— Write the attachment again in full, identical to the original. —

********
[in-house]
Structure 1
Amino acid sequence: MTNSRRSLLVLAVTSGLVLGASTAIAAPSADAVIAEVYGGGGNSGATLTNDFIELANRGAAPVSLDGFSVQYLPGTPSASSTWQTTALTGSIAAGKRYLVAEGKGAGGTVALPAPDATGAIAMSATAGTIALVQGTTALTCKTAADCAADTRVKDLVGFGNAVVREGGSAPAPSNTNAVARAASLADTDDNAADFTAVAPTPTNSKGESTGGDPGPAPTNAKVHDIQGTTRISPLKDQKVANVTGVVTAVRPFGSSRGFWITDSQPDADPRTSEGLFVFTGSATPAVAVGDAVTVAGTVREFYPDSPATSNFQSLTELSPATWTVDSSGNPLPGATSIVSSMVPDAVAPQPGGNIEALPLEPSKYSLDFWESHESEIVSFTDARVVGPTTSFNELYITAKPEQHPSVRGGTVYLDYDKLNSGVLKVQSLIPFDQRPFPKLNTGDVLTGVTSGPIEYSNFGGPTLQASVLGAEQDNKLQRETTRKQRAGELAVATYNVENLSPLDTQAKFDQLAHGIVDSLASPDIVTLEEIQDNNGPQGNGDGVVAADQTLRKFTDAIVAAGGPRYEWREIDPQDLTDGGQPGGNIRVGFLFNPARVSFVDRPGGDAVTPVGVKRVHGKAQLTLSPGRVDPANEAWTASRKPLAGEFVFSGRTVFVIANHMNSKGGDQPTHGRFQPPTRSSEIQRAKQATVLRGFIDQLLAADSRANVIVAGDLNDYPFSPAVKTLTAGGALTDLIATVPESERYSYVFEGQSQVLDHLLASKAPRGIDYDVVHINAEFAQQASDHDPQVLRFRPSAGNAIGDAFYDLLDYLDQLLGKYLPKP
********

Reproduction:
[in-house]
Structure 1
Amino acid sequence: MTNSRRSLLVLAVTSGLVLGASTAIAAPSADAVIAEVYGGGGNSGATLTNDFIELANRGAAPVSLDGFSVQYLPGTPSASSTWQTTALTGSIAAGKRYLVAEGKGAGGTVALPAPDATGAIAMSATAGTIALVQGTTALTCKTAADCAADTRVKDLVGFGNAVVREGGSAPAPSNTNAVARAASLADTDDNAADFTAVAPTPTNSKGESTGGDPGPAPTNAKVHDIQGTTRISPLKDQKVANVTGVVTAVRPFGSSRGFWITDSQPDADPRTSEGLFVFTGSATPAVAVGDAVTVAGTVREFYPDSPATSNFQSLTELSPATWTVDSSGNPLPGATSIVSSMVPDAVAPQPGGNIEALPLEPSKYSLDFWESHESEIVSFTDARVVGPTTSFNELYITAKPEQHPSVRGGTVYLDYDKLNSGVLKVQSLIPFDQRPFPKLNTGDVLTGVTSGPIEYSNFGGPTLQASVLGAEQDNKLQRETTRKQRAGELAVATYNVENLSPLDTQAKFDQLAHGIVDSLASPDIVTLEEIQDNNGPQGNGDGVVAADQTLRKFTDAIVAAGGPRYEWREIDPQDLTDGGQPGGNIRVGFLFNPARVSFVDRPGGDAVTPVGVKRVHGKAQLTLSPGRVDPANEAWTASRKPLAGEFVFSGRTVFVIANHMNSKGGDQPTHGRFQPPTRSSEIQRAKQATVLRGFIDQLLAADSRANVIVAGDLNDYPFSPAVKTLTAGGALTDLIATVPESERYSYVFEGQSQVLDHLLASKAPRGIDYDVVHINAEFAQQASDHDPQVLRFRPSAGNAIGDAFYDLLDYLDQLLGKYLPKP